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MSNBC Hardball Transcript

Location: Washington, DC

BIDEN: Yes. I think he could lay out in detail what it is we knew they had in 1998, that the whole world knew, is not accounted for. Right now, he just makes the assertion, but were he to say tonight—I hope he'll say, or whenever—There were 322 tons of this. It's not there. There were 14.8 boom, boom...


BIDEN: ... as detailed as you can get to generate this notion of credibility. And secondly, if he can release significant circumstantial evidence—there's no smoking gun, but combining the two, I think it makes it very difficult, particularly for foreign leaders, to pretend they don't know what they do know.

MATTHEWS: Does he have the capability, by releasing this information, of changing your mind, Senator Biden's mind—are you for the war, based upon what you know he knows?

BIDEN: I am for taking those weapons out of Saddam's hands, preferably the right way, but we may get stuck the wrong way. By that I mean he has to make the case to the world in order to get the rest of the world to come with us. That matters because after we take him down—what you've been saying for a long time—it's going to be a multi-billion dollar...


BIDEN: ... multi-year commitment. And I don't want to do that alone.

MATTHEWS: Well, let me ask you about this. Are the costs and consequences of going to war greater or lesser than the costs and consequences of not going to war?

BIDEN: I think...


BIDEN: I think he's put us in a Hobson's choice, where the costs and consequences of not going, ever—that is, bringing the boys back home and Saddam in power—that cost is greater than the cost to our interests in going to war.

MATTHEWS (voice-over): Did he limit his options by deploying the troops?

BIDEN: Absolutely.

MATTHEWS: Was that—that was a mistake?

BIDEN: Mistake. He limited his options by the bravado way in which he talked to people...

MATTHEWS: Would you go to war because the president has put himself in a position of embarrassment?

BIDEN: No, I'm not worried about the president's embarrassment. I'm worried about our interests around the world, and I'm worried about whether or not we can make anything stick and whether we—whether the United Nations, which I think is a valuable tool—the more powerful we are, the more we need United Nations, in my view. And I think...

MATTHEWS: Why is that?

BIDEN: ... the reason is that we don't want to have to carry the whole load around the world on every single, solitary thing. We cannot—the horse can't carry that sleigh, Chris. And that's the position the president is putting us in. And if we—I believe. And if we do not enforce the U.N. resolution, when we know, in fact, that he's in material breach of that, then, in fact, I think, we render essentially useless the Security Council and the utility of the United Nations.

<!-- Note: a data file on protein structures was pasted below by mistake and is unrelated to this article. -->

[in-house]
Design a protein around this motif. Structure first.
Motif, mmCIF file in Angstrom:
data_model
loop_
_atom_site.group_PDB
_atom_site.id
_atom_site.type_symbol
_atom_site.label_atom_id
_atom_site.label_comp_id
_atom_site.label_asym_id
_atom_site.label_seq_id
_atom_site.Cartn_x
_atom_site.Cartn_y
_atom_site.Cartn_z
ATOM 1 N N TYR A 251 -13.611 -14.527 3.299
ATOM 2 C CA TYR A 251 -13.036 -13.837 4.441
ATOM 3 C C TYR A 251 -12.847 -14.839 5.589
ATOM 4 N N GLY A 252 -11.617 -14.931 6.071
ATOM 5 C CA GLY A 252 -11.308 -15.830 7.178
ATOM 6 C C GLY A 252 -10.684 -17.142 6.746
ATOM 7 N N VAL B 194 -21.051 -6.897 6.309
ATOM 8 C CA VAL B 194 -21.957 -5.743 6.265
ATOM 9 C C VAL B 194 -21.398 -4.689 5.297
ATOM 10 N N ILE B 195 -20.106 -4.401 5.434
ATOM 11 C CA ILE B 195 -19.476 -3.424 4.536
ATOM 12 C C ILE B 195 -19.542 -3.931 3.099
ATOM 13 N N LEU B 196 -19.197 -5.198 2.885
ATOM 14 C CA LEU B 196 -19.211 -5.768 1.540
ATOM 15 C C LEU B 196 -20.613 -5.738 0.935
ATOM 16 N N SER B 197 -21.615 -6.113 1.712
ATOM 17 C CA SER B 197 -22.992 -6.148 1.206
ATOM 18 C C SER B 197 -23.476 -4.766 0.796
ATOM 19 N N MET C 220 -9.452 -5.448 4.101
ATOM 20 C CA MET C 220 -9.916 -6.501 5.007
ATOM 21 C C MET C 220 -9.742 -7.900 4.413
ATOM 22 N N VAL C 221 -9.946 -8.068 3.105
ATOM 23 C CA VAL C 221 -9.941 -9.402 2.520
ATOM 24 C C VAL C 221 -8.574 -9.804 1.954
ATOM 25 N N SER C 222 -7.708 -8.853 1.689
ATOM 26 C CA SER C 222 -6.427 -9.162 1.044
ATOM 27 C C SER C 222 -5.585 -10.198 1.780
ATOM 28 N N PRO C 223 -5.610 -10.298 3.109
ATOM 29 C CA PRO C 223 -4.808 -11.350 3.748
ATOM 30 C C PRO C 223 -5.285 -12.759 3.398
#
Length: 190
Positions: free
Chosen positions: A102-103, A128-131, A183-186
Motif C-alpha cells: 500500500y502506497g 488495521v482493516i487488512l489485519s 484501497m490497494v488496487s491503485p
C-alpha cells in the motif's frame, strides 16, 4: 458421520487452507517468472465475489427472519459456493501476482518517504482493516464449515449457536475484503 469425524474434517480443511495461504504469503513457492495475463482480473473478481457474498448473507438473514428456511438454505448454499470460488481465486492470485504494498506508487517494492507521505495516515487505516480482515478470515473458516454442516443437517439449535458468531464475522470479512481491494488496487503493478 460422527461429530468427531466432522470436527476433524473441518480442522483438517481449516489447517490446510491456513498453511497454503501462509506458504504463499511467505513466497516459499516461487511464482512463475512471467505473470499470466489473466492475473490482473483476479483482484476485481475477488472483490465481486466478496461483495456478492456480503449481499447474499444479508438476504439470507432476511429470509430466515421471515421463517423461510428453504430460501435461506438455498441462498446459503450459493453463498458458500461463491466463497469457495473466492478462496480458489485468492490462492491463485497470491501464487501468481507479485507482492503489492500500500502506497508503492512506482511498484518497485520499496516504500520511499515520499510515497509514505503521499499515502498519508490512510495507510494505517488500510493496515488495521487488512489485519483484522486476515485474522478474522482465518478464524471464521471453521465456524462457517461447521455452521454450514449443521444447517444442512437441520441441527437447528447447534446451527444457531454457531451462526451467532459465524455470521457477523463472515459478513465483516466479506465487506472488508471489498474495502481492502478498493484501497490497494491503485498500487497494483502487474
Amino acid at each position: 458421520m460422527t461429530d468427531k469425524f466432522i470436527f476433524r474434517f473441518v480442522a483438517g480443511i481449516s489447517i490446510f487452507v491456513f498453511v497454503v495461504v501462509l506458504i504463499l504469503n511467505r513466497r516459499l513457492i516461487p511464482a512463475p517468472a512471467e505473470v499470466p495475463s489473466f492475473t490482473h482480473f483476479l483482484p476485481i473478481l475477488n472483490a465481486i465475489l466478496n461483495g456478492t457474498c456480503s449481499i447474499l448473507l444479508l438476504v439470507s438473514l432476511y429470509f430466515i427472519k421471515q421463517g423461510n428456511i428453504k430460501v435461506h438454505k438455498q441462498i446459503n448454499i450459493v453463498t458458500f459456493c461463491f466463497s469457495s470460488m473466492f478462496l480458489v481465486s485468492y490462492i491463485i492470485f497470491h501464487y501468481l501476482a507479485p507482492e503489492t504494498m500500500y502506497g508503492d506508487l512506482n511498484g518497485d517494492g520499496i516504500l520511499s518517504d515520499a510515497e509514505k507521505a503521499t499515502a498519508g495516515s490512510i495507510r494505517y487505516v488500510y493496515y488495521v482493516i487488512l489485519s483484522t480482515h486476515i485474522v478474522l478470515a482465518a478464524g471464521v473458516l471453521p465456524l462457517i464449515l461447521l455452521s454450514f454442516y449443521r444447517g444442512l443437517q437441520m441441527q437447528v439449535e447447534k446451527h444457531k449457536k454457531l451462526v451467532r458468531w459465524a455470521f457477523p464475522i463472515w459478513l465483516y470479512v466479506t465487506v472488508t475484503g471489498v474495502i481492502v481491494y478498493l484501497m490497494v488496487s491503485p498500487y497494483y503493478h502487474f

MATTHEWS: On the Senate floor today, in a major speech you gave, you said that the president owes it to the American people to tell them the full costs and consequences...

BIDEN: Absolutely.

MATTHEWS: ... not just of the military engagement but of the occupation which will come later...

BIDEN: Exactly right.

MATTHEWS: ... which could be extensive. Do they have to have this information to decide whether to support the president now, or do they need that information, as you see it, to feel better about the president's policies down the road?

BIDEN: They need it to be able to support the policies they're going to be asked to support down the road. When they feel like they've been—let me give you a specific example. Look at Afghanistan, Chris. The president said Marshall Plan for Afghanistan, more force in there.

Now, when myself and a couple other Republicans come along and ask for another $20 million for Afghanistan, they go, Whoa, whoa, whoa. Wait a minute. We didn't know that.

We're—the president's going to have to be coming back to the United States Senate a year from now, asking for another $20 billion. Now, what I don't want to do, when I address the troops in Qatar, I don't want to go to those guys and say, We're not sticking with you anymore. I can't get the public to vote for this. You cannot expect the public to sustain a policy when they don't have informed consent ahead of time.

MATTHEWS: OK. By the way, thank you very much for having us up to the University of Delaware.

BIDEN: Oh, it was a great honor.

MATTHEWS: I thought I was in a scene from "Mr. Smith"—or no, not Mr. Smith, "It's a Wonderful Life." Those people love you up there.

BIDEN: Oh, I love the...

MATTHEWS: Senator Joe Biden.

BIDEN: Thank you. It was great being on your program.

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